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Marion Bassi

Tunable resilience to charge noise of a hole spin

Published on 27 June 2024
​Thesis presented June 27, 2024

Spin quantum bits (qubits) established in group-IV semiconductor quantum dots structures (QD) embody a promising platform for large-scale quantum processors leveraging on small footprint and compatible fabrication processes with mainstream semiconductor industry. In particular, hole particles recently gained attention as spin qubit platform as they enable fast and all-electrical manipulation due to their intrinsically large spin-orbit coupling. The latter coupling however stands as a two-edged sword as it also exposes the hole spin to undesired interactions with the surrounding environment, which in turn degrade the qubit coherence time. Over the past years, many efforts have been conducted to mitigate electrical noise influence stemming from the environment thus revealing the existence of preferential points of enhanced coherence time, named ''sweetspots'', depending on magnetic field orientation.
In this manuscript, the emphasis is laid on the characterization of electrical noise contributions impacting a single hole spin qubit with respect to magnetic field orientation on a P-doped natural silicon-MOS architecture. The hole particle is spatially confined in a QD defined electrostatically within the device. The spin orientation is readout by radio-frequency reflectometry based on energy-selective readout method. We experimentally demonstrate that the reported ''sweetspots'' belong in fact to continuous ''sweetlines'' wrapped around the sphere of magnetic-field polar-angle components, in agreement with theoretical predictions. We also show that, in addition to extended coherence time, sweetline operation is compatible with efficient electric-dipole spin resonance with Rabi frequencies, ƒ​R, comfortably exceeding 10 MHz, and a qubit quality factor Q = 2ƒRT2R as high as 690, competing with reported values for electrons. Our study evidences ample gate-voltage control of the sweetlines position in magnetic field, an aspect particularly relevant in the purview of scalability. Finally, the experimental investigation of such optimal operation points is extended to a two qubit system as a proof of concept underscoring the importance of sweetlines tuning for spin qubit systems.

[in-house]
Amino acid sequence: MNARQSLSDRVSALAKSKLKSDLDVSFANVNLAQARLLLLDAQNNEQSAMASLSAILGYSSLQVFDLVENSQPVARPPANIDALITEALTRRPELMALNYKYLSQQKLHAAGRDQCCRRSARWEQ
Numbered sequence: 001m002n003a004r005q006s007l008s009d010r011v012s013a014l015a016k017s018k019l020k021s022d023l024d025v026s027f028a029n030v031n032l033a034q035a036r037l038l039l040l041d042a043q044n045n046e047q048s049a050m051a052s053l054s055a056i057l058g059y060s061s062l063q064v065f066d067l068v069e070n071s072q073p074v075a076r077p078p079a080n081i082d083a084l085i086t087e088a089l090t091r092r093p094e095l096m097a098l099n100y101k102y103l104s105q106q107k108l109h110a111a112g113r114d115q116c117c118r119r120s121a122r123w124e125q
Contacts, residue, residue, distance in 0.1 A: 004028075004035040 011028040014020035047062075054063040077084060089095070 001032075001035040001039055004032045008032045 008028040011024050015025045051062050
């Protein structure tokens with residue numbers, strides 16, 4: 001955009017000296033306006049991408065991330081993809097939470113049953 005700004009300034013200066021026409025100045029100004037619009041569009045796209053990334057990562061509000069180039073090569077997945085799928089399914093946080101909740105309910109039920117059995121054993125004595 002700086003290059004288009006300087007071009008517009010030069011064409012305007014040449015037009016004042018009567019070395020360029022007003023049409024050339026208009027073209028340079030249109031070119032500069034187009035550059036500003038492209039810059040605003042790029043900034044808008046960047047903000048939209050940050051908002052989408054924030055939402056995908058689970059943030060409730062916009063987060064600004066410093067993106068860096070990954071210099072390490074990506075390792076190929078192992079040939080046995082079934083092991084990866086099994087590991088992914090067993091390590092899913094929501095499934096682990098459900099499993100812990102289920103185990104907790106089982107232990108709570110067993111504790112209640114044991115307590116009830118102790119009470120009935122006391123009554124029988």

Hole spin, qubits, quantum dot, radio-frequency reflectometry, quantum computer, spin-orbit coupling, sweetspot, coherence time, sweetlines